This content is part of the Essential Guide: VMware virtual recovery and backup best practices and tools

Automate vCenter backup to avoid the hassle of manual backup

It's essential that you regularly back up vCenter Server to avoid losing any important data in the event of a failure. Learn how to automate that backup process in this tip.

Consistent backups are an important part of any disaster recovery strategy, as they help ensure data recoverability...

in the event of a failure or accidental data deletion. In early versions of vSphere, it was a pain to back up vCenter Server and required more effort than it should. Nowadays, vCenter backup and recovery are easier to use; however, it's still a highly manual process when used out of the box. The best workaround is to automate the backup process. In this article, we'll look at how to do exactly that for vCenter Server Appliance versions 6.5 and above, as well as how to export data.

If you only need to do a quick backup, the best method is to log in to vCSA directly. Notice the backup link in the cluster of buttons in the top right-hand corner of Figure A.

Beyond that, the out-of-the-box -- or, rather, downloadable -- vCenter backup script is simple and lacks the ability to automatically move the backup off the server. If vCSA is corrupted, you'll lose the backup as well and will need to manually purge the older files. To resolve this issue, I use a more advanced backup script developed by VMware's support team. So far as I'm aware, it should be available upon request.

Click the Backup button in vCSA for fast backup.
Figure A. You can use the GUI backup in vCSA for ad-hoc backup.

How to automate a backup

To automate a vCenter backup, first, copy and paste the backup script into Notepad or another text editor and save it as "" on your local PC. The file's extension needs to be .sh in order to work when transferred to vCSA. The script has several options that you need to fill in, including the following:







Fill in the script with vCenter details and access details to a local File Transfer Protocol (FTP) server that you can use. Next, copy the backup script file to the vCenter host.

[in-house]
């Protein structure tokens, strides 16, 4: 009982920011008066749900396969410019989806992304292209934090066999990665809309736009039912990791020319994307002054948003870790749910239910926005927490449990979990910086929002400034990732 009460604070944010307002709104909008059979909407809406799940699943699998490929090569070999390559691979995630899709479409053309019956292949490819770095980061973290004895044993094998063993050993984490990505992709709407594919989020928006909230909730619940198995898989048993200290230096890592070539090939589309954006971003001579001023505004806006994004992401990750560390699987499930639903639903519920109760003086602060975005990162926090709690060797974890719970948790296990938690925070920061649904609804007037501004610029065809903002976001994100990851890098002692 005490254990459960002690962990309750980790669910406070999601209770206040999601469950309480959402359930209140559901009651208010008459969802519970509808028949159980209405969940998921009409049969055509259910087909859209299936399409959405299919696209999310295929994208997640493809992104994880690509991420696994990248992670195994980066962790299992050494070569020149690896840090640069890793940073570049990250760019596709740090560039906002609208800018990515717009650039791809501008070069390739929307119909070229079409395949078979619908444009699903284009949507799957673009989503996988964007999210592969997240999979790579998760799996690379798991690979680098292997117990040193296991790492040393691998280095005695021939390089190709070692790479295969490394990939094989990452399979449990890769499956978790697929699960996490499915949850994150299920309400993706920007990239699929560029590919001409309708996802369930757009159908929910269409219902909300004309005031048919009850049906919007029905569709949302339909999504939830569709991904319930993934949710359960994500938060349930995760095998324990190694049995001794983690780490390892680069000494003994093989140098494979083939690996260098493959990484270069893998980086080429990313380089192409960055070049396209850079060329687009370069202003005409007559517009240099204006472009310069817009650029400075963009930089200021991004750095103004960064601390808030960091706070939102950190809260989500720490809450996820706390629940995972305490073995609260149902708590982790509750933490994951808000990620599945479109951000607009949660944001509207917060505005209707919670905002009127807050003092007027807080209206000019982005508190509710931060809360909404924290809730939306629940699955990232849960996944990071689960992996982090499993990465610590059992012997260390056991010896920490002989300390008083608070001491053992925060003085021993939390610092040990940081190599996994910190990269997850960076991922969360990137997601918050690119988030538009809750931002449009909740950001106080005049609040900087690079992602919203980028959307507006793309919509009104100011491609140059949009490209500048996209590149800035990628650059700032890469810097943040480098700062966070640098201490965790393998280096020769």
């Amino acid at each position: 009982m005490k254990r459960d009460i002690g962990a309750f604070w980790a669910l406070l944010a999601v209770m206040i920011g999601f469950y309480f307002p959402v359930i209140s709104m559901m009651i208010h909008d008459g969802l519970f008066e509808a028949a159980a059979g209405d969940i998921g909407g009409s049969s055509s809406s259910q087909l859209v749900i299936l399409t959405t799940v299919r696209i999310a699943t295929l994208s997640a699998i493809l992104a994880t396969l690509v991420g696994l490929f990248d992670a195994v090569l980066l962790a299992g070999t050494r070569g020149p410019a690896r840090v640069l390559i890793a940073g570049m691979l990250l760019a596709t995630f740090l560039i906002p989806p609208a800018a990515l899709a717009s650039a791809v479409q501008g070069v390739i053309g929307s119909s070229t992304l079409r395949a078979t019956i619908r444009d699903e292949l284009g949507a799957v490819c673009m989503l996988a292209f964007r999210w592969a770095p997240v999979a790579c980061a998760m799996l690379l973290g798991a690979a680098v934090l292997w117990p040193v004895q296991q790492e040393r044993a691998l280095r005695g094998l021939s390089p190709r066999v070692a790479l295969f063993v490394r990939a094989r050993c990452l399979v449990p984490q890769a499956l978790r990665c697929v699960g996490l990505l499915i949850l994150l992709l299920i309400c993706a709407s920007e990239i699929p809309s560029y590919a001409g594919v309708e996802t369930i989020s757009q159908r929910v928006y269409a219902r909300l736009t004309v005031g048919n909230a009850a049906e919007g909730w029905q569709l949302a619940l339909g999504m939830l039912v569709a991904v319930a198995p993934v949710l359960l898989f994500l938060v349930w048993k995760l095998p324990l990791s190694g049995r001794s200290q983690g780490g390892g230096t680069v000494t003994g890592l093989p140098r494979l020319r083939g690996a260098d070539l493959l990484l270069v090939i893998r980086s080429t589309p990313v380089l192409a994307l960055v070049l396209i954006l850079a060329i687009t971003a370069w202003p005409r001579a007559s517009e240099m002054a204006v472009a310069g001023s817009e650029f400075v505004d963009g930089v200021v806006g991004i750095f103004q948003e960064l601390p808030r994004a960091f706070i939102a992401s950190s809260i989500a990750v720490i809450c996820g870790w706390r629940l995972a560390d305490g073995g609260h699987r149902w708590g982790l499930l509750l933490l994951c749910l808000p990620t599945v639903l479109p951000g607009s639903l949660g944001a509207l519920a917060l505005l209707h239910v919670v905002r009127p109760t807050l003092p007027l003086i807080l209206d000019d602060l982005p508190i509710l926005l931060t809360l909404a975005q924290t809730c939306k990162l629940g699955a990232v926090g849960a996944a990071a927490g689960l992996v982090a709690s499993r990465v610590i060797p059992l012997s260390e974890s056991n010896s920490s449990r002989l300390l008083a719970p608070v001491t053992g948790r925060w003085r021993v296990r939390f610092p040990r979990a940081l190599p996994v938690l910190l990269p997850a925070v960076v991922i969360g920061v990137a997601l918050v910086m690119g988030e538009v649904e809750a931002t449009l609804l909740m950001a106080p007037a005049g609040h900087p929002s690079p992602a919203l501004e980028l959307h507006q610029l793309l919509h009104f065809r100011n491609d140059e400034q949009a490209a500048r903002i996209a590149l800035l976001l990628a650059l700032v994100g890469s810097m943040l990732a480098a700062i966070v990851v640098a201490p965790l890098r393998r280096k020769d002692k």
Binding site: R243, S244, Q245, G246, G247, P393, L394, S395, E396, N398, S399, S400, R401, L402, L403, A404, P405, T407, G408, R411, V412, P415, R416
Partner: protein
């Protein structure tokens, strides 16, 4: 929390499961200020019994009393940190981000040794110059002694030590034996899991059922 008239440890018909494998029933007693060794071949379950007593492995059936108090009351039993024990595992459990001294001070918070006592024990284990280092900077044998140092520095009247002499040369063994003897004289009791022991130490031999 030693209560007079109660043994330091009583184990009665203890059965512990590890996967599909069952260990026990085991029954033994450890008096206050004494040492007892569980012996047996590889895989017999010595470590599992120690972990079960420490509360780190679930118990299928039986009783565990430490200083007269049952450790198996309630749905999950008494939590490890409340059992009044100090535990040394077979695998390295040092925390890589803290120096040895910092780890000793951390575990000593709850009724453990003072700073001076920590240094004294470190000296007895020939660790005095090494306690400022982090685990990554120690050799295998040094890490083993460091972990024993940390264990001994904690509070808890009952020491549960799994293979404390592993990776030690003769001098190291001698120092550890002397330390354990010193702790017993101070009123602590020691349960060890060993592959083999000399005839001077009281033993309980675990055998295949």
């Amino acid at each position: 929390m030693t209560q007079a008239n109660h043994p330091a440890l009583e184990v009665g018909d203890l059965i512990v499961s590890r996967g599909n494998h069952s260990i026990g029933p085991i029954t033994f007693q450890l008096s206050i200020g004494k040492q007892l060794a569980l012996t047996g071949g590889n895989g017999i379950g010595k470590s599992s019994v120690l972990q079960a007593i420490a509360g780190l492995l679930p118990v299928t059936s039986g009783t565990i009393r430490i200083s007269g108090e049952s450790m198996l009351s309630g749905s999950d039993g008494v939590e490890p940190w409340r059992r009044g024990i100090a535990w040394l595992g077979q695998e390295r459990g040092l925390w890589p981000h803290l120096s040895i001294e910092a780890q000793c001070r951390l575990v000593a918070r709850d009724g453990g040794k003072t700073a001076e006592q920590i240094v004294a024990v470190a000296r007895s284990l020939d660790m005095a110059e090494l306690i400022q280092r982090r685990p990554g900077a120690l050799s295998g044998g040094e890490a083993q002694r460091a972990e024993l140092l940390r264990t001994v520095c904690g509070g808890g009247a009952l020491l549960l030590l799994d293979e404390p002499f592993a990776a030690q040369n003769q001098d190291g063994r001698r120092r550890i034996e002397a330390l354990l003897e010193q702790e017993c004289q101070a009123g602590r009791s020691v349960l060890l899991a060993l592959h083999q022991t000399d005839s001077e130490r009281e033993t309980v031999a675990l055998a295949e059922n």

If you're using a Windows machine, you can use the WinSCP program -- or session control protocol on a Mac -- to copy the file to the server. You need to place it in a good location; I recommend /usr/. You can also copy and paste the file directly, if you so desire, but proceed with caution.

At this point, you need to make the script executable. Use PuTTY to log in to vCenter as the root user. In vCenter Server 6.5, the user must enable shell by typing shell. However, depending on your configuration/setup, this isn't always necessary. If you used /usr/, like I did, navigate to the directory, and make the file executable with the following command:

               chmod +x /usr/

At this point, you can use the command shown below to run the script and make sure that everything works as expected:


You should see something similar to Figure B. If all goes according to plan, you can now use crontab to run the backup script at a specific time.

A successful backup job
Figure B. You should see this script if the backup job is successfully completed.

You now have a successful vCenter backup. If you encounter any errors, take a look at the backup.log, which can be found in the same folder as the batch file.

Run backup as a separate user

It's a security and audit risk to run the system as root. For this reason, I recommend that you run the backup as a separate user.

There's only one problem: It's a security and audit risk to run the system as root. For this reason, I recommend that you run the backup as a separate user. To do so, simply exit out of the Secure Shell client and reconnect. Rather than type shell to gain access to the shell, enter the following command -- note that I assume the user will be called "backupuser" and that there are double dashes for the switches:

localaccounts.user.add --role operator --username backupuser –password

This command will prompt you to enter a password to complete the new user addition. You'll need to make a few modifications before you can use an alternative user. Once you've made these modifications, type shell again to get back into the Bash shell.

There's a service in vCSA called cron that schedules all tasks on behalf of the administrator, including running this script. By default, only the root user has the ability to use cron. Enter the following command to add a new backupuser account, and enable them to execute tasks with cron:

               echo "backupuser" >>/etc/crontab.allow

Once you've added the user to the crontab, set up the backup script to run automatically with the crontab command. As the root user, you can edit the cron file for the backupuser by using the -u flag to specify which user to modify.

               crontab -u backupuser -e

This opens the cron editor for the current user. To enable interactive mode, add the following by pressing the "I" key.

               30   11   *    *    *    ./usr/

Type ":" followed by "wq" -- for "write quit" -- and hit Enter to exit and save changes. Use crontab –l to show the crontab and ensure the cron entry looks correct. Finally, test the cron job to make sure it works as expected, at the time you specified. The end result should be a backup file on your FTP server. For security purposes, you shouldn't use root to run the script; using a different user also makes auditing easier.

The whole script should now work automatically. Don't forget to test your backups periodically to make sure they can be properly restored; an untested vCenter backup is an accident waiting to happen.

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